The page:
Target Levels(9 Posts)
Can any secondary teachers give me their thoughts on something that is annoying DD2(Y7)
They have targets for science, her's is fairly high (6u I think), anyhow a lot higher than many of her class, despite being set.
Trouble is despite getting a good mark in her test, she only got a 6, while her class mates got house points for meeting their lower targets and consequently were smug and unpleasant to those who haven't hit theirs.
This would be ok in a mixed ability group, but this is set one in an area where I suspect they are all L5 on leaving primary. There targets must be pretty arbitrary.
I know teachers need targets to monitor progress (a very rude word due to our recent run in with Ofsted), but why do the children need to know them. Surely a pupils target is to do the very best they can.
Ofsted expect the pupils to know their targets. That's why most schools tell the kids. They also tell them so that pupils don't compare themselves (as much) to others in the class, so the brightest pupils have the highest targets and shouldn't compare themselves to the pupil who scraped into that set and needs the confidence boost. They may all have level 5s on leaving primary school, but the school may know that x scored 99% to get a veery high 5a, where y only just scraped into a 5c, so their targets for this year are different.
I do think it becomes a problem when pupils have targets that are not really catered for in tests. It is very difficult to get the highest level available on a test, there have been several times dd1 has not achieved her targets because the test doesn't allow her to (ie, she got 98% which gave her a 7c, but her target is a 7a, obviously getting the last 2% isn't enough to move her up 2 sublevels is it?).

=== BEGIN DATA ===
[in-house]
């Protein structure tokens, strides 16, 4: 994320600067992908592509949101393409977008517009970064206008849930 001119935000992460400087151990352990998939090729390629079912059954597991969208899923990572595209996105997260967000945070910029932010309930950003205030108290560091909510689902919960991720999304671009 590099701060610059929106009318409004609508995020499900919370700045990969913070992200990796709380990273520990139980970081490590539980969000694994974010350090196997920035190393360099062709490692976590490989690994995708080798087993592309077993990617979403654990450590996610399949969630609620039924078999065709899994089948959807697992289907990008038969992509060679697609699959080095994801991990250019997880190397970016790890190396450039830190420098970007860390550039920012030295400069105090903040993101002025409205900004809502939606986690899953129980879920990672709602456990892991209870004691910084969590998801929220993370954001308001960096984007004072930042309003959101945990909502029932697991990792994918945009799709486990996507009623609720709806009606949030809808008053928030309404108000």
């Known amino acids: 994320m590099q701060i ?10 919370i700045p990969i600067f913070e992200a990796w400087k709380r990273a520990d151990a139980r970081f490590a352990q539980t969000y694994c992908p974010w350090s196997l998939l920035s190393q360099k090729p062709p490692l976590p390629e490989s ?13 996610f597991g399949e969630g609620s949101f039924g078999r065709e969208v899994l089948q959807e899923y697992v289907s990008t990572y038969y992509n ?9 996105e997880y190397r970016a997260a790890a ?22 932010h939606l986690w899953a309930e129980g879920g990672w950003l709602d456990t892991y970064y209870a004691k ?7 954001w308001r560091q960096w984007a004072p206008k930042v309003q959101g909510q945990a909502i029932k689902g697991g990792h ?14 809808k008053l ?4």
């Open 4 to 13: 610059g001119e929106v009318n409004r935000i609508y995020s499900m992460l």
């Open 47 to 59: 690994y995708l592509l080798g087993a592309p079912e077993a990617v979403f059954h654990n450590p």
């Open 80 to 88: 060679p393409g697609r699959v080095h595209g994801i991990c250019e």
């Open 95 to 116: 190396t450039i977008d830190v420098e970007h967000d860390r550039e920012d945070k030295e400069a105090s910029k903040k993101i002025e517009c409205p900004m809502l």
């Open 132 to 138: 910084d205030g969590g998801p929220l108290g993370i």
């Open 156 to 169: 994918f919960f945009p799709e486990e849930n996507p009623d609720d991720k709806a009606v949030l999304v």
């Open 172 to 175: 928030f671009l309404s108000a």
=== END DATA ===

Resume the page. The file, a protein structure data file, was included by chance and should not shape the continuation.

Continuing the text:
Students do need to know their targets and what they need to do to reach them. It's actually something inspectors will ask students when they are in the classroom and in their interviews with them.
It's likely your daughter's classmates have been rewarded because they have made more progress - even if their levels are still lower.
It may be that your daughter is stuck. A sublevel should be a, b or c. Not sure what a u would stand for.
Senior school call them upper and lower not a,b,c possibly easier for the pupils to understand.
I think a lot of the trouble is levels are, as I understand it, showing certain skills, not getting absolute marks in a class test, which may not demonstrate those skills.
I suspect it would be much better if every HW and class test, didn't have to be assigned a level, but they were averaged over a collection of work.
I know the maths mistress isn't keen, because pupils can get one topic and not another and their levels going up and down just confuses parents.
At our school we definitely don't assign every homework with a level, particularly Maths who NEVER give a level for homework, but most subjects only give levels once per half term and the pupils know which homework is the assessed one.
In Maths we do tests each half term and are reasonably happy to give levels from those, but we actually take the average from the last 3 tests in order to give levels (and grades at GCSE) because, as you say, different topics are different levels and it's unsettling to get 6b for equations but only 5c for fractions, etc.
OFSTED expect students to know how to progress, not to be able to recite their target levels. They will talk to students about how to make progress, not quiz them about what a level 6a looks like.
Targets are personal, or should be, it's about her progress and not other people's. you can't compare those with lower targets as the progress requirements will be similar
Grades absolutely go up and down dependent on module. That's not a bad thing IMO
Levels should not be given on one piece of work or test. THey are for assessing a body of work. We all give targets for some individual tasks, but these are a bit arbitrary. We should refuse to do it tbh. I give some single piece notional levels, but anything I report to parents is based on a whole unit's work.
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